The stage is a cage. Inside, a tiger presides over people who are dressing.
Outside, a towering audience has gathered around to peer down into the dressing
stalls. But the trapped are apparently more interested in the fit of their
Thus is "Tiger with Captive Audience," an ongoing performance at Canal Jeans' dressing room in New York, as directed by The Guy, environmental artist/ interior designer. Out front, where relatively inexpensive clothes are selected, the scene is plainspoken. In here, where decisions are made, it is an oasis of drama.
The naturally cage-like quality of dressing stalls has been exaggerated by the extension of their support poles into cage bars above. Larger-than life painted faces behind the bars (which were created off-location by The Guy) are black and white, giving them a ghostly quality. A fluorescent light, under these faces, but above the booths, emphasises their spookiness while providing ambient lighting for the dressers. Stepping out of his or her booth the customer comes to a mirror-surrounded platform holding a monumental mirrored arch structure which in turn supports the tiger.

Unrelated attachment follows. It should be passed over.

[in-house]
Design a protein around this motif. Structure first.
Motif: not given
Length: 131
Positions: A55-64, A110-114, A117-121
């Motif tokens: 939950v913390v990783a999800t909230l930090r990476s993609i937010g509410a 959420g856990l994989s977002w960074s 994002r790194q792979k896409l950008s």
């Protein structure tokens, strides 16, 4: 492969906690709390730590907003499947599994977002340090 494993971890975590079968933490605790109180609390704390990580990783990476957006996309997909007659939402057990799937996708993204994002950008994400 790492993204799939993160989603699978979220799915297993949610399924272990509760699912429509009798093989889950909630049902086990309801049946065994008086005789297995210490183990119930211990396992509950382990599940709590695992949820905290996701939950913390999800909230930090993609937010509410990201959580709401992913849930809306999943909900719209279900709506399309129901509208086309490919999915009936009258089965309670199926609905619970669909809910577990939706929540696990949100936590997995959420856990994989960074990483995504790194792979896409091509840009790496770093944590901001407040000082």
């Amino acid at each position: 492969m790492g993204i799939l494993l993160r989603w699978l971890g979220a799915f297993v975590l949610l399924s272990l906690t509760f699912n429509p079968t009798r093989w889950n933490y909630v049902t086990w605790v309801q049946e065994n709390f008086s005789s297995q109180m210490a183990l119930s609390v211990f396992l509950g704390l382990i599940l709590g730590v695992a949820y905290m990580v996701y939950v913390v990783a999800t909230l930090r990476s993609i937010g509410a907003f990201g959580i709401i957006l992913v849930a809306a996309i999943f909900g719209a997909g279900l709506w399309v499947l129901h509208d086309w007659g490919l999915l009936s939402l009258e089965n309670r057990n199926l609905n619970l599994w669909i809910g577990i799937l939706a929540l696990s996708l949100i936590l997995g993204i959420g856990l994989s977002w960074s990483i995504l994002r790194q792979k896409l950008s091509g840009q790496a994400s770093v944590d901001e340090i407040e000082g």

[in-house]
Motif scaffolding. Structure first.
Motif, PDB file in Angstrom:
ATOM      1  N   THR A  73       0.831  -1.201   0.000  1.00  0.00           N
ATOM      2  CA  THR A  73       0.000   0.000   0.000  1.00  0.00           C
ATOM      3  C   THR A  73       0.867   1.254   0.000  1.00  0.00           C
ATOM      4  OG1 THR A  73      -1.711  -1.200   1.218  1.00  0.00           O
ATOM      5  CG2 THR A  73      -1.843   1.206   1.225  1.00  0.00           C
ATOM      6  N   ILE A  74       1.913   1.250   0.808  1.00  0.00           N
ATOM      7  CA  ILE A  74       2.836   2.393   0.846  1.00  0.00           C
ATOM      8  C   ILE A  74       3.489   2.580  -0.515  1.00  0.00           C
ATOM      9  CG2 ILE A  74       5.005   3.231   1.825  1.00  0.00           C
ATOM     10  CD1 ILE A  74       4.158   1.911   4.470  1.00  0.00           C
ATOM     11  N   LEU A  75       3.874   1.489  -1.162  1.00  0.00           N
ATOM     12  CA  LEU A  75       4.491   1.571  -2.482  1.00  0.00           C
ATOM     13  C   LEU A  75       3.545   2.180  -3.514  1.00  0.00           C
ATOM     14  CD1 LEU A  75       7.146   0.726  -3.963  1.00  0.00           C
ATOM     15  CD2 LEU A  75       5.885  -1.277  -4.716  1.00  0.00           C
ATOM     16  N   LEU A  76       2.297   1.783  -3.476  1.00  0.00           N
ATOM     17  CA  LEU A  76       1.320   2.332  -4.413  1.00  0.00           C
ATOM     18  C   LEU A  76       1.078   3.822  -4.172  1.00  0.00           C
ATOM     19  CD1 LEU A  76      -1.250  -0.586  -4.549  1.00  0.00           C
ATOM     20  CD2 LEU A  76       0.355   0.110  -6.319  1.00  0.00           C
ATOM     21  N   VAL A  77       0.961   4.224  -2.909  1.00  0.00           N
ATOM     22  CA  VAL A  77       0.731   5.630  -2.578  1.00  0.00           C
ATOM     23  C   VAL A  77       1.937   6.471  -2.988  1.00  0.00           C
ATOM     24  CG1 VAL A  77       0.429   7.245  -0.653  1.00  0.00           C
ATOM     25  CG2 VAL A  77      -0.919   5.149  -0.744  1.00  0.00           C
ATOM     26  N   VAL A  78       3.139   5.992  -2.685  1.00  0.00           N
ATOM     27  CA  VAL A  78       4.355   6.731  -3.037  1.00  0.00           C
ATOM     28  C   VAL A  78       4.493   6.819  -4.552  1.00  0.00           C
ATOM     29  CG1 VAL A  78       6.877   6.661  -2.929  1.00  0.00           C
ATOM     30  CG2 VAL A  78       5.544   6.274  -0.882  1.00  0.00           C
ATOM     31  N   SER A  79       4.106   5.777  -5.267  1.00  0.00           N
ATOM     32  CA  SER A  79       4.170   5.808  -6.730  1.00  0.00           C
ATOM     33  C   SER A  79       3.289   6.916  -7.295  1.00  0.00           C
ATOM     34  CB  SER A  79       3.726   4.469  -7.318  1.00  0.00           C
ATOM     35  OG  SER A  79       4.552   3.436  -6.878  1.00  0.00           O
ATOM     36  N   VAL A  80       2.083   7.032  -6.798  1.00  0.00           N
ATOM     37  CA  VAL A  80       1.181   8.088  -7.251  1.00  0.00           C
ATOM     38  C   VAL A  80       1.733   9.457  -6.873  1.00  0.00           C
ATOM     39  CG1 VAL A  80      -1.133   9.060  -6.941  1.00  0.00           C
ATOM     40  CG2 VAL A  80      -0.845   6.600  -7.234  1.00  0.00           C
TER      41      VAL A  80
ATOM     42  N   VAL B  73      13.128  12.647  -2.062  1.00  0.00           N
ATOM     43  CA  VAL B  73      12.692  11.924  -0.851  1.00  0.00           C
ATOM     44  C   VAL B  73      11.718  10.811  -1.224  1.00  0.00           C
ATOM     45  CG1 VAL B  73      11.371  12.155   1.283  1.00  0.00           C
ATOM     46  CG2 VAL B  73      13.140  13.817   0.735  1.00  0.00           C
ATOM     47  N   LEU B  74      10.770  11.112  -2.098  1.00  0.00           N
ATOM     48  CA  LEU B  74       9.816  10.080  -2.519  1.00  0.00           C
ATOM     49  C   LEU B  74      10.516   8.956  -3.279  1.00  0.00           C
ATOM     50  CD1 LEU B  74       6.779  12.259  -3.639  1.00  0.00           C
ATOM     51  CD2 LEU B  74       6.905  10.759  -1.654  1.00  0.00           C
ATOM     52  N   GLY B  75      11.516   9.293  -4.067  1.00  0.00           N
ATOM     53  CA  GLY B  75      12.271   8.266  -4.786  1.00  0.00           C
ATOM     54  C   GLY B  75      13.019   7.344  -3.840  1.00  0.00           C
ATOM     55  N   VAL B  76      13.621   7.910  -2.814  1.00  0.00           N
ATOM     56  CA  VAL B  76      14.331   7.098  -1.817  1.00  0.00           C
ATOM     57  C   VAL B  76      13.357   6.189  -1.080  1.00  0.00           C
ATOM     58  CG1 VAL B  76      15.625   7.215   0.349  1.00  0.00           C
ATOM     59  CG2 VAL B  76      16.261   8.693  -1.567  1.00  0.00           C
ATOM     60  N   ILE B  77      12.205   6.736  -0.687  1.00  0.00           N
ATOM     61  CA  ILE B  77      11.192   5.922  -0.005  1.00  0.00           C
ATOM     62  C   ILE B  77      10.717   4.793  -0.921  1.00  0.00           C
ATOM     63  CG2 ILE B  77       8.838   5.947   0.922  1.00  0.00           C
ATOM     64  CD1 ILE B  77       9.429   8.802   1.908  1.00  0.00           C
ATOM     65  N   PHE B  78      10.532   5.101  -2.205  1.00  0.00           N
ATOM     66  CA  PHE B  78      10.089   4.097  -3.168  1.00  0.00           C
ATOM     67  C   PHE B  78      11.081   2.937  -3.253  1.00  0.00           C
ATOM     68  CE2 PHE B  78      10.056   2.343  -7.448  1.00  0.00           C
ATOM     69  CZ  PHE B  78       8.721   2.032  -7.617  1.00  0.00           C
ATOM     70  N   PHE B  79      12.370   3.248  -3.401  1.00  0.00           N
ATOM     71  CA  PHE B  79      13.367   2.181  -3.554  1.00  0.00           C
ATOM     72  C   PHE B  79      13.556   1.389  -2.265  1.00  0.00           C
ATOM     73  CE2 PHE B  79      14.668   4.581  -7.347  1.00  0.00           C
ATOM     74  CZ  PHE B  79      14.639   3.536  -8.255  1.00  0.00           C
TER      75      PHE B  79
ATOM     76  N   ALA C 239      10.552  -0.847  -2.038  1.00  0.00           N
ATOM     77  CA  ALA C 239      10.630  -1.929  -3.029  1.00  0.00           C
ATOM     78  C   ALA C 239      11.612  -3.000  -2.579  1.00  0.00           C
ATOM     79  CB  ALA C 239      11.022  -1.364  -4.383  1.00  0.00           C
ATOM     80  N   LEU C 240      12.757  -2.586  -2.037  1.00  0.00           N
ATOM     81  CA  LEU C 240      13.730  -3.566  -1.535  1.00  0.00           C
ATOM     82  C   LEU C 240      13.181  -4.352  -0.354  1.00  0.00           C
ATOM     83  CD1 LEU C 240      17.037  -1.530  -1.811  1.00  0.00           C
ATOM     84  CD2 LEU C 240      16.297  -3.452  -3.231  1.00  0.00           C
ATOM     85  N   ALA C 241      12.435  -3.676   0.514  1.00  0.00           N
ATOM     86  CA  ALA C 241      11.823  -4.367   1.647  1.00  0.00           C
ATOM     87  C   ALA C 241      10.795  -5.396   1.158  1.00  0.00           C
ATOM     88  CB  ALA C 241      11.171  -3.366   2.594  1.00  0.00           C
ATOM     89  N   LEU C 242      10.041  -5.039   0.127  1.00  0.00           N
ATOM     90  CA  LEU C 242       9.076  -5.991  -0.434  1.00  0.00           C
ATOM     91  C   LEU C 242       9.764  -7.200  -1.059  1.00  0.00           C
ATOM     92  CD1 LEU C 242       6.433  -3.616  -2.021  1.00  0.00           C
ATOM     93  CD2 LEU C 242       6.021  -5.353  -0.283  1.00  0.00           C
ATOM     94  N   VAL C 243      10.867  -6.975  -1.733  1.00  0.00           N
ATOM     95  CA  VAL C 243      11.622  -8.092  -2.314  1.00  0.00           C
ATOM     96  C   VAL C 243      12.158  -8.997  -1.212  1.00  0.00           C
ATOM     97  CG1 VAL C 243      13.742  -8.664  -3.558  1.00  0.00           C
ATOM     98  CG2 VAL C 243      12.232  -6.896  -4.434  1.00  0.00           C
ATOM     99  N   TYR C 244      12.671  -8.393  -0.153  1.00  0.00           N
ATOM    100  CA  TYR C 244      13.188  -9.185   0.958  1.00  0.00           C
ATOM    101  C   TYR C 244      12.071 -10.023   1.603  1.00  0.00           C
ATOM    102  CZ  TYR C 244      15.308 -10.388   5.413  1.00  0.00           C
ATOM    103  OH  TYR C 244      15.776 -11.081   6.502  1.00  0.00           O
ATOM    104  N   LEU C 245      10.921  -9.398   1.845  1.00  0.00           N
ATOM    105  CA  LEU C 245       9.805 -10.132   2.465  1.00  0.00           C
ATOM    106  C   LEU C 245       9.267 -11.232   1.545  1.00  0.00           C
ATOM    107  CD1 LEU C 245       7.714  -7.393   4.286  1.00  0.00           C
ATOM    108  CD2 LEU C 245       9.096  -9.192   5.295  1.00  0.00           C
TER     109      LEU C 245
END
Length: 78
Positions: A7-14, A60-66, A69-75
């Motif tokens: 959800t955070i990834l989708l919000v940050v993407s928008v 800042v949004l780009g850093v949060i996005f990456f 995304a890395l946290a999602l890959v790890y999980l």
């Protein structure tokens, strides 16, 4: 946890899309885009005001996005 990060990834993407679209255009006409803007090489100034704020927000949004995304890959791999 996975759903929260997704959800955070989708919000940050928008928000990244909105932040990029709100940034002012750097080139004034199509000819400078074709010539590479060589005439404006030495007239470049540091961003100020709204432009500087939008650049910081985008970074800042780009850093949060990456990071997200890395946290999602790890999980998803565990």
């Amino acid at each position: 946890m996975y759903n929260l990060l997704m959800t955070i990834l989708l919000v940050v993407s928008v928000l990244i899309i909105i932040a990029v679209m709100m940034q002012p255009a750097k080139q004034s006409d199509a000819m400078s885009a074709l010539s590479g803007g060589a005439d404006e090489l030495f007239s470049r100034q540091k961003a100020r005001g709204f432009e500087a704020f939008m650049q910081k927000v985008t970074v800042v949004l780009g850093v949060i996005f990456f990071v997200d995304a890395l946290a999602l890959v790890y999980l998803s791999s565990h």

The multi-faceted structure reflects unexpected angles and plays with the strong graphic black and white linoleum tiled floor; the effect is not unlike a carnival house of mirrors. Practically speaking, this mirror allows for the viewing of the clothes from all angles plus it helps the dressing room clerk see all corners of the room at once. (Without this structure it would be necessary to hire two guards to watch for theft.) The tiger (actually a re-painted fibreglass garden sculpture) and the lionesque woman's face on the opposite wall are the only elements of colour, and hence, the focal points of the 19 by 40 foot space. All destructible elements have been kept up high.
Although well liked by all involved, including most customers, this a scene of impermanence. Shunning the sacrosanct and precious elements of art, this interior was to be functional, enjoyed by all, built relatively inexpensively, and eventually removed. The Guy is always thinking of the next act.